by Israel-Academia-Monitor

We see often Israeli academics recruited by Palestinians to promote their cause. But this time there is a twist. An article on various media outlets,[1] including Inside Higher Education, reports on harassment of a former Israeli scholar, Simona Sharoni from SUNY Plattsburgh University. It says that "on 6 September, Sharoni says she was informed by a school administrator that an individual had made five requests under New York's Freedom of Information Law asking for records on her hiring, employment history and participation in academic conferences. According to Sharoni, Sean Brian Dermody, assistant to the vice president for administration and director of management services at SUNY Plattsburgh, asked Sharoni to help with the request by locating the records and turning them over. The next day, Sharoni says, Dermody sent a follow-up email asking her to give him all correspondence in her possession related to her hiring."

Sharoni explains that this harassment is due to her highlighting "parallels between Palestinian victims of Israeli violence and victims of sexual assault." Quite contrary to Sharoni's assertion, some years ago an MA thesis by Tal Nitsan at the Hebrew University[2] blamed Jewish Israeli men, in particularly soldiers, for racist behavior, that is, refusing to rape Palestinian women.

Outlandish as her analogy is, Sharoni is another Israeli activist promoting the Palestinian cause and calling for BDS. In 2014 she was among the 100 members of the Middle East Studies Association (MESA) who signed a petition calling to boycott Israeli academic institutions.[3]

Sharoni has also travelled to promote her message. An IAM post from August 2015 noted that Sharoni gave a talk at the Arab and Islamic Studies at Exeter University, a well known hub of anti-Israel activity connected to Ilan Pappe. In her talk "Violence, Resistance, and Solidarity in Israel and Palestine: Feminist Perspectives," Sharoni explains that "By focusing on gender and resistance, this book addresses dimensions of the Israeli-Palestinian conflict that are often overlooked or altogether ignored by politicians, ordinary scholars, and the mainstream media. Unlike conventional accounts that portray the conflict as a primordial, intractable war between two collectivities with competing claims over the same territory, the analysis featured in this talk exposes the power asymmetries and systemic injustices at the heart of the conflict. The talk chronicles the gendered aspects of the conflict and resistance acts in both Palestine and Israel with special attention to the situation on the ground in the aftermath of the July 2014 Massive Israeli attack on Gaza. Using an original framework that foregrounds feminism as a theory of anti-oppression and liberation the talk offers an original analysis of the Israeli-Palestinian conflict and the prospects for its resolution." Sharoni gave this same talk on a number of campuses at the time.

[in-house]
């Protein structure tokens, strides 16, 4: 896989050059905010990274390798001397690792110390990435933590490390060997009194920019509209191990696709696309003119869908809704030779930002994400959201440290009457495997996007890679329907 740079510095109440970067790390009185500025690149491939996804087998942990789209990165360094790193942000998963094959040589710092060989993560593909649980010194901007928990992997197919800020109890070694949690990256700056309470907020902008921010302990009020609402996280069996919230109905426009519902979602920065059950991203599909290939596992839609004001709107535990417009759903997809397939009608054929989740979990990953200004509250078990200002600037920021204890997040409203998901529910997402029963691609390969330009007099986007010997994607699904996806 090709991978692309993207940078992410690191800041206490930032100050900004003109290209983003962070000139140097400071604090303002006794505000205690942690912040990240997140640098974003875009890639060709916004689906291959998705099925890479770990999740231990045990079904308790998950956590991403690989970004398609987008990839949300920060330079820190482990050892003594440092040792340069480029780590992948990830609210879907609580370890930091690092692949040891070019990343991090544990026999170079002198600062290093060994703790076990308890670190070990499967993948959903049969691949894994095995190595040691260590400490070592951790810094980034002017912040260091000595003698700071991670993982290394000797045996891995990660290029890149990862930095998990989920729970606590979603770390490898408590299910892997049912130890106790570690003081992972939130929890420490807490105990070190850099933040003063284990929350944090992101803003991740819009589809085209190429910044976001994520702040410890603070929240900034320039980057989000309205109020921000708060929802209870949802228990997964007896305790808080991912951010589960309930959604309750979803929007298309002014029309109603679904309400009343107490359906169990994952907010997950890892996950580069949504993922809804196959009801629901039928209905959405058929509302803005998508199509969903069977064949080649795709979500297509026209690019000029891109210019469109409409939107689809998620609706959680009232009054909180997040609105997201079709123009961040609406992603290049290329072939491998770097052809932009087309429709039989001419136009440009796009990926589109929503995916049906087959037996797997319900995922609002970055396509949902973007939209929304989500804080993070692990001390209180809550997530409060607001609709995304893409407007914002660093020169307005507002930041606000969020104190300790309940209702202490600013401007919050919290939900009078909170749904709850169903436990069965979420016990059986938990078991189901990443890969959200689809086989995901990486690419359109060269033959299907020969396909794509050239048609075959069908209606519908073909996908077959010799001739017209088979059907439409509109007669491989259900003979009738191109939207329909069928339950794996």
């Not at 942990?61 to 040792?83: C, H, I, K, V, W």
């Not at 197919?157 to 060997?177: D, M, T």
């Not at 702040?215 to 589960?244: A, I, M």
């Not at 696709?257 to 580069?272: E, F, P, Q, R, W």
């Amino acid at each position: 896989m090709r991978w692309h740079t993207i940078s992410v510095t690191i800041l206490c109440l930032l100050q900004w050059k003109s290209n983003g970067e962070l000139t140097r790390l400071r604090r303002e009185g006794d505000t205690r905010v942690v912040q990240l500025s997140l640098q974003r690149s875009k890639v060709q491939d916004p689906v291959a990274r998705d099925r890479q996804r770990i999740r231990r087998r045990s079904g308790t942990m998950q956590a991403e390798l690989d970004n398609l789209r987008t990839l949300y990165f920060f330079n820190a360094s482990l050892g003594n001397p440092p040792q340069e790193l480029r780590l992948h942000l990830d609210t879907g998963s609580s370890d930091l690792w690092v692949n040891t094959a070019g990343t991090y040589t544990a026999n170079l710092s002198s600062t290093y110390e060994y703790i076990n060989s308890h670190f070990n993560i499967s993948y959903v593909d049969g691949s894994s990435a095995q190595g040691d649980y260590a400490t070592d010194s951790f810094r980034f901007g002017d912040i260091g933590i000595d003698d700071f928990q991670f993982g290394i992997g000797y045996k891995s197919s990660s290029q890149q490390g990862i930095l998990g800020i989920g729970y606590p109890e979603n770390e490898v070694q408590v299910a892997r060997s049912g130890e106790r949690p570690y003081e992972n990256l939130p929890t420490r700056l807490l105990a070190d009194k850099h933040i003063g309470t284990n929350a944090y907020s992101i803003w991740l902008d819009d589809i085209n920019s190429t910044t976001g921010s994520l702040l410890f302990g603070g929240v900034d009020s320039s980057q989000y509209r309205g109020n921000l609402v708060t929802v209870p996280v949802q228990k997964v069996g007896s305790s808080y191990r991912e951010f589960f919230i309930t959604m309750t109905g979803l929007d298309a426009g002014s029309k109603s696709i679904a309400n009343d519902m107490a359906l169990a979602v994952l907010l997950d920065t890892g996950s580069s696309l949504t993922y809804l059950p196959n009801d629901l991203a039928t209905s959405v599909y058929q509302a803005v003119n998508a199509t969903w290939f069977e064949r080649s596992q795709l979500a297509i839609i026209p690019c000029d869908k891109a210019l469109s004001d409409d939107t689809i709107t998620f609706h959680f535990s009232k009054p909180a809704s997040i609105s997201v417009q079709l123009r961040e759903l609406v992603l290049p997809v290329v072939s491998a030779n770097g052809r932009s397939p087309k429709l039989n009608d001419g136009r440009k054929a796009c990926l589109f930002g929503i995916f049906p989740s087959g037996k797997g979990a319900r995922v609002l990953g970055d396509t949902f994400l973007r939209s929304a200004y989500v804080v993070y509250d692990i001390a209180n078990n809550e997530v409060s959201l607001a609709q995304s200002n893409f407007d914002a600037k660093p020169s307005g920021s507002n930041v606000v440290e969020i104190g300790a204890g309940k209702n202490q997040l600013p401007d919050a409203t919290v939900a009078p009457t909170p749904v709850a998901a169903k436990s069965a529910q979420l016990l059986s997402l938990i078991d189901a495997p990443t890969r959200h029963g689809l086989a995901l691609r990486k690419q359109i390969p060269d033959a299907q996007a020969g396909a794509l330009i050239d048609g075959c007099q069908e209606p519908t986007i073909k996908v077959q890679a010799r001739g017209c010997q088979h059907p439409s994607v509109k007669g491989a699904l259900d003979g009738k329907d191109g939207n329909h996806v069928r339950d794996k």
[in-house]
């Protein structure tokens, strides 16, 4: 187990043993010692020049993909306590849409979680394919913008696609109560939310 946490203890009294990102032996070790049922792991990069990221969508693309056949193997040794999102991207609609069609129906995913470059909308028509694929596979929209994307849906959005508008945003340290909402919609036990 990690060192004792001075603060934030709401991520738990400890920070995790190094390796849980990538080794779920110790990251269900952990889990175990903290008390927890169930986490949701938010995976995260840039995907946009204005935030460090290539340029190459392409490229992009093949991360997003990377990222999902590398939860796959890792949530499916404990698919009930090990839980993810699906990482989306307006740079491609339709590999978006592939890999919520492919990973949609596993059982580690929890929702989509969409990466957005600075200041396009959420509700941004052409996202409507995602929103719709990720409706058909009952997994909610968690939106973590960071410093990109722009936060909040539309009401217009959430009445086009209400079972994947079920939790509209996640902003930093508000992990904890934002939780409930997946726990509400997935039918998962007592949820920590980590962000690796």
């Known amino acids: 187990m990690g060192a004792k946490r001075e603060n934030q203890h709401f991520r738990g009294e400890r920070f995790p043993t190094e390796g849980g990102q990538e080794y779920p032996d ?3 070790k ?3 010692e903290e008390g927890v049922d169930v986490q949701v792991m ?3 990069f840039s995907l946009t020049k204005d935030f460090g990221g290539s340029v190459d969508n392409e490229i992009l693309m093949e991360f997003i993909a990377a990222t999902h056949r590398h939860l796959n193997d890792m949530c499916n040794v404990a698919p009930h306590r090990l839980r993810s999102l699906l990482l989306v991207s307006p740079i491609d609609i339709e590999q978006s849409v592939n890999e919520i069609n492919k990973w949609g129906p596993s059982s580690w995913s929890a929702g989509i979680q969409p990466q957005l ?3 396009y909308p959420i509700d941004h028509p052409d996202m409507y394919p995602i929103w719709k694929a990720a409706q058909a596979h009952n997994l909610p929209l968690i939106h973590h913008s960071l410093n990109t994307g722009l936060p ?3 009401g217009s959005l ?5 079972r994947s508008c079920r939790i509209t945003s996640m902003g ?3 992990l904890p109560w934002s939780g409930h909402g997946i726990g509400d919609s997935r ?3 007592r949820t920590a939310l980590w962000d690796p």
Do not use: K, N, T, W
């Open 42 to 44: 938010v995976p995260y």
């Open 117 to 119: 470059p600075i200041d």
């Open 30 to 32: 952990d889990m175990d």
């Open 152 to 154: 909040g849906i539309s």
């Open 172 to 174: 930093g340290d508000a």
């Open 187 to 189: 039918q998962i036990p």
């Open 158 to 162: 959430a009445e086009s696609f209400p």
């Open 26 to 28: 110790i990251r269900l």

Not unexpectedly, this Institute does no deem it important to organize an event on the treatment of women by ISIS, Al-Qaeda or other occupying forces. As IAM noted, the constant emphasis on Israel is a good diversion technique, it is politically correct, and pleases the Arab funders of Western universities.

Equally interesting, there is even a direct link between Rachel Corrie and Sharoni. Corrie, which was accidently killed while protecting a house from demolishing in Gaza, was a former student of Sharoni at Evergreen State College in Washington State. In a press release after Corrie died, Sharoni stated that she influenced Corrie's decision to go to Gaza.[4] On this issue, Haaretz's Nathan Guttman explained that[5] "After the terrorist attacks of September 11, she [Corrie] decided to join a group of activists in Olympia. She contacted all the organizations but decided to focus on one that deals with the Israeli-Palestinian conflict, to a large extent as a result of conversations with Simona Sharoni, a former Israeli who taught Corrie at Evergreen College and told her about what was going on in the territories. From there she came to the International Solidarity Movement and got the idea of coming to the territories."

The Sharoni case at SUNY Plattsburgh University joins a number of other cases which touch upon the boundaries between academic freedoms and political activism against Israel. IAM will report on future developments.







This is an Israel-Academia-Monitor editorial note. It appeared September 19, 2016 and is archived at

Return _________________________End of Story___________________________ Return